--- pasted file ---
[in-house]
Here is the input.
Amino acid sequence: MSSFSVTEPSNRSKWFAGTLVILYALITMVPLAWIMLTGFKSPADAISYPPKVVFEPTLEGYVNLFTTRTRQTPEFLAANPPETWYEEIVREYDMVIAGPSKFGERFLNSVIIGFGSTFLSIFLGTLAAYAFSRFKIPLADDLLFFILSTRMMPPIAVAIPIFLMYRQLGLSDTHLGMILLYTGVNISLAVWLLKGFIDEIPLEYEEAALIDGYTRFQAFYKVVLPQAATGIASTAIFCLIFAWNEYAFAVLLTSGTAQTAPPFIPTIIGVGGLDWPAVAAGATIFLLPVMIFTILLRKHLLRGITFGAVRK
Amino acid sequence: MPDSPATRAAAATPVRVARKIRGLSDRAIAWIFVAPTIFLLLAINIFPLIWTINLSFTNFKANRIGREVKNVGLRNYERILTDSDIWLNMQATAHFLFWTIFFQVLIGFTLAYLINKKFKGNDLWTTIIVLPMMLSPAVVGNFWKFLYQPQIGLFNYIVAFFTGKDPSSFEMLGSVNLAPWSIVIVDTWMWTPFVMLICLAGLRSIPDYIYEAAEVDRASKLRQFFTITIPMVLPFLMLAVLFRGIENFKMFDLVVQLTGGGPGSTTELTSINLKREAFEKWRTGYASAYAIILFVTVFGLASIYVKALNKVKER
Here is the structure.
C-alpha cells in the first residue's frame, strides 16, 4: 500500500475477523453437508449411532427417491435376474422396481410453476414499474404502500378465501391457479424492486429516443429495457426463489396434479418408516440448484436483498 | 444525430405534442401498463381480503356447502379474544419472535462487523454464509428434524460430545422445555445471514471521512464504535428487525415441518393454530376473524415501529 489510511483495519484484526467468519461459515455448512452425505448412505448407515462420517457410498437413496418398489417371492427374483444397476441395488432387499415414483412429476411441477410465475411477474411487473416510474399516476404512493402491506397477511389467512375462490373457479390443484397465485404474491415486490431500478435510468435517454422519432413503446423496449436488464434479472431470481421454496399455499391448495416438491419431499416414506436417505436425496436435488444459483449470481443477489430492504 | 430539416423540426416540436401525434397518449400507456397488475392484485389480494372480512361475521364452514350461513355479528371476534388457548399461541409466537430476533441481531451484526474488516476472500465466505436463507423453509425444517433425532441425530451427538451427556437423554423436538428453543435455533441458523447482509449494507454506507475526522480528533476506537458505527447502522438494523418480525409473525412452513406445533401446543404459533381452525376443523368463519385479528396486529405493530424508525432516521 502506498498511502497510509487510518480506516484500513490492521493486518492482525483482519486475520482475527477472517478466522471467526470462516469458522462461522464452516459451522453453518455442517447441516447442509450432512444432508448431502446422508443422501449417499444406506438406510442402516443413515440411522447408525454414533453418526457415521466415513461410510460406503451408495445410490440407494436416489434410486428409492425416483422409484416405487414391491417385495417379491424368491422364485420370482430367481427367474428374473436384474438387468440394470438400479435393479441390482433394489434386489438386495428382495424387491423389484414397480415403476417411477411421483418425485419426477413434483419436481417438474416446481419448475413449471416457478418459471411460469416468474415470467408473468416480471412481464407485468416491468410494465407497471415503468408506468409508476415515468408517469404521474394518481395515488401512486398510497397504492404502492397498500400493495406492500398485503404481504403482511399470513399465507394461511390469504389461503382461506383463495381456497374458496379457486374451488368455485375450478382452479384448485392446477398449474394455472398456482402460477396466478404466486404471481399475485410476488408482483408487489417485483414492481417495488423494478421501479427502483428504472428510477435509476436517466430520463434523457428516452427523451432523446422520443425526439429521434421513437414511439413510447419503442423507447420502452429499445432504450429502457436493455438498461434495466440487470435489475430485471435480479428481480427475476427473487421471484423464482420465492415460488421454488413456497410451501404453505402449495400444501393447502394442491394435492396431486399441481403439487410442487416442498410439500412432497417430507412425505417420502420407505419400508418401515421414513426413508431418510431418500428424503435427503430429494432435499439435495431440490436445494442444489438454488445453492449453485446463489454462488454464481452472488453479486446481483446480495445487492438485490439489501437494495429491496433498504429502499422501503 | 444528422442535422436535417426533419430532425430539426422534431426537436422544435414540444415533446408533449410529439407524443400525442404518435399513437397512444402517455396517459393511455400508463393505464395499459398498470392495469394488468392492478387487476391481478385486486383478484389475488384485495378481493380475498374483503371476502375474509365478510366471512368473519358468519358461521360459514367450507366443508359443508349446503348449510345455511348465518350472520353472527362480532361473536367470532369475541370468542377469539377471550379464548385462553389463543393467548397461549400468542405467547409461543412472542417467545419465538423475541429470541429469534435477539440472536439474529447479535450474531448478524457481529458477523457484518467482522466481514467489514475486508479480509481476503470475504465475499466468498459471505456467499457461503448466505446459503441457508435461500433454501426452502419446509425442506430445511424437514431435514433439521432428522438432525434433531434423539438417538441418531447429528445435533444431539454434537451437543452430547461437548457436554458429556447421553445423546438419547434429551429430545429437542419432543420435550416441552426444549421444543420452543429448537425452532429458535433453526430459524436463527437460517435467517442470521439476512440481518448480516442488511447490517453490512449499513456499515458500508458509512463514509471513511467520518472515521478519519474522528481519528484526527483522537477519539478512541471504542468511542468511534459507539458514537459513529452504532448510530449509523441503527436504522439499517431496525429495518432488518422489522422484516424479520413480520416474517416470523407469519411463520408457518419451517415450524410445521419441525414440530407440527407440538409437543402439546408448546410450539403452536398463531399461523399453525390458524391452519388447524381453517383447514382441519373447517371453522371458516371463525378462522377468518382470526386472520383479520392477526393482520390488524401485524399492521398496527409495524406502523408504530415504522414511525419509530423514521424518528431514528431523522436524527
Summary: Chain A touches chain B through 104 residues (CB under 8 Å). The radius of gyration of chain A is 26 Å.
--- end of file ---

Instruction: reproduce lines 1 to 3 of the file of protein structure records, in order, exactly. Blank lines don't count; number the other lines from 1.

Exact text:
[in-house]
Here is the input.
Amino acid sequence: MSSFSVTEPSNRSKWFAGTLVILYALITMVPLAWIMLTGFKSPADAISYPPKVVFEPTLEGYVNLFTTRTRQTPEFLAANPPETWYEEIVREYDMVIAGPSKFGERFLNSVIIGFGSTFLSIFLGTLAAYAFSRFKIPLADDLLFFILSTRMMPPIAVAIPIFLMYRQLGLSDTHLGMILLYTGVNISLAVWLLKGFIDEIPLEYEEAALIDGYTRFQAFYKVVLPQAATGIASTAIFCLIFAWNEYAFAVLLTSGTAQTAPPFIPTIIGVGGLDWPAVAAGATIFLLPVMIFTILLRKHLLRGITFGAVRK